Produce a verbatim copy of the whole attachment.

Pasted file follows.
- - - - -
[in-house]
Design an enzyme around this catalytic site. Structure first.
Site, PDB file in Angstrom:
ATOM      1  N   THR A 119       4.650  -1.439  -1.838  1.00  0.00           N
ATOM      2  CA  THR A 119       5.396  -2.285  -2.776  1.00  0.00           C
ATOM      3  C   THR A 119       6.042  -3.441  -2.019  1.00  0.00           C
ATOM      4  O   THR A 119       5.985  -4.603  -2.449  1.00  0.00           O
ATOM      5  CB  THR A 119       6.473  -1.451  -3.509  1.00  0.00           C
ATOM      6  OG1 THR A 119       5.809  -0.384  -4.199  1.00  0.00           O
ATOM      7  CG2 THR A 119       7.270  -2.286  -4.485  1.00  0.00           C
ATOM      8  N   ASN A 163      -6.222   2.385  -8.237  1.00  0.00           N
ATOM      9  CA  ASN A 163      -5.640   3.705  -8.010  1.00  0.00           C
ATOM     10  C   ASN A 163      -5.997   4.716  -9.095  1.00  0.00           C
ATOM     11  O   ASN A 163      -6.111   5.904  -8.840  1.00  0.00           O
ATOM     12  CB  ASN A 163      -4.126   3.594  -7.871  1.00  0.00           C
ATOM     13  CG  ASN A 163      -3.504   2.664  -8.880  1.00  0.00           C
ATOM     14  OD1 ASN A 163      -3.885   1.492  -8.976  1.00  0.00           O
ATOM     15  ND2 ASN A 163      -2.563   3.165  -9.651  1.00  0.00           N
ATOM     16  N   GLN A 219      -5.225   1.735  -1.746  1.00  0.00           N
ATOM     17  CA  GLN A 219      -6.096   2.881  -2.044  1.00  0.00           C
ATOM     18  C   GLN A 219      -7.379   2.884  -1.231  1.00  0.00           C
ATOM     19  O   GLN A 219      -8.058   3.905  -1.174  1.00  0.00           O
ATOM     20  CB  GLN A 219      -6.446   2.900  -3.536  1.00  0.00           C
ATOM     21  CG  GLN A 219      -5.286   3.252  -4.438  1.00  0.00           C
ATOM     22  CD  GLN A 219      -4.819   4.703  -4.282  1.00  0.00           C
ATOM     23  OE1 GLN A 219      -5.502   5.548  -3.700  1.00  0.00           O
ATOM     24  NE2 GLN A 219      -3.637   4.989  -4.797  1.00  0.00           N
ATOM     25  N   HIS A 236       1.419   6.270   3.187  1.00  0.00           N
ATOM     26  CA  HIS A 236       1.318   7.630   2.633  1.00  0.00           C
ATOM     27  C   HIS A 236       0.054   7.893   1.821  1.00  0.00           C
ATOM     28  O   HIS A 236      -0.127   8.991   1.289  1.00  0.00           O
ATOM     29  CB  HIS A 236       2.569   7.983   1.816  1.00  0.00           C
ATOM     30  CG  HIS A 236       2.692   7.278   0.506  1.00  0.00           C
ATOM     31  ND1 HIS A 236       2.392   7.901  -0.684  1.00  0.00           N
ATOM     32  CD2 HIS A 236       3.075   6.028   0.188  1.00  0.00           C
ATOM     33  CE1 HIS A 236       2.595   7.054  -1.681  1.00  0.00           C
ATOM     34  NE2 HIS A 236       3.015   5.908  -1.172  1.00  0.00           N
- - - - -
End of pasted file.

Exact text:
[in-house]
Design an enzyme around this catalytic site. Structure first.
Site, PDB file in Angstrom:
ATOM      1  N   THR A 119       4.650  -1.439  -1.838  1.00  0.00           N
ATOM      2  CA  THR A 119       5.396  -2.285  -2.776  1.00  0.00           C
ATOM      3  C   THR A 119       6.042  -3.441  -2.019  1.00  0.00           C
ATOM      4  O   THR A 119       5.985  -4.603  -2.449  1.00  0.00           O
ATOM      5  CB  THR A 119       6.473  -1.451  -3.509  1.00  0.00           C
ATOM      6  OG1 THR A 119       5.809  -0.384  -4.199  1.00  0.00           O
ATOM      7  CG2 THR A 119       7.270  -2.286  -4.485  1.00  0.00           C
ATOM      8  N   ASN A 163      -6.222   2.385  -8.237  1.00  0.00           N
ATOM      9  CA  ASN A 163      -5.640   3.705  -8.010  1.00  0.00           C
ATOM     10  C   ASN A 163      -5.997   4.716  -9.095  1.00  0.00           C
ATOM     11  O   ASN A 163      -6.111   5.904  -8.840  1.00  0.00           O
ATOM     12  CB  ASN A 163      -4.126   3.594  -7.871  1.00  0.00           C
ATOM     13  CG  ASN A 163      -3.504   2.664  -8.880  1.00  0.00           C
ATOM     14  OD1 ASN A 163      -3.885   1.492  -8.976  1.00  0.00           O
ATOM     15  ND2 ASN A 163      -2.563   3.165  -9.651  1.00  0.00           N
ATOM     16  N   GLN A 219      -5.225   1.735  -1.746  1.00  0.00           N
ATOM     17  CA  GLN A 219      -6.096   2.881  -2.044  1.00  0.00           C
ATOM     18  C   GLN A 219      -7.379   2.884  -1.231  1.00  0.00           C
ATOM     19  O   GLN A 219      -8.058   3.905  -1.174  1.00  0.00           O
ATOM     20  CB  GLN A 219      -6.446   2.900  -3.536  1.00  0.00           C
ATOM     21  CG  GLN A 219      -5.286   3.252  -4.438  1.00  0.00           C
ATOM     22  CD  GLN A 219      -4.819   4.703  -4.282  1.00  0.00           C
ATOM     23  OE1 GLN A 219      -5.502   5.548  -3.700  1.00  0.00           O
ATOM     24  NE2 GLN A 219      -3.637   4.989  -4.797  1.00  0.00           N
ATOM     25  N   HIS A 236       1.419   6.270   3.187  1.00  0.00           N
ATOM     26  CA  HIS A 236       1.318   7.630   2.633  1.00  0.00           C
ATOM     27  C   HIS A 236       0.054   7.893   1.821  1.00  0.00           C
ATOM     28  O   HIS A 236      -0.127   8.991   1.289  1.00  0.00           O
ATOM     29  CB  HIS A 236       2.569   7.983   1.816  1.00  0.00           C
ATOM     30  CG  HIS A 236       2.692   7.278   0.506  1.00  0.00           C
ATOM     31  ND1 HIS A 236       2.392   7.901  -0.684  1.00  0.00           N
ATOM     32  CD2 HIS A 236       3.075   6.028   0.188  1.00  0.00           C
ATOM     33  CE1 HIS A 236       2.595   7.054  -1.681  1.00  0.00           C
ATOM     34  NE2 HIS A 236       3.015   5.908  -1.172  1.00  0.00           N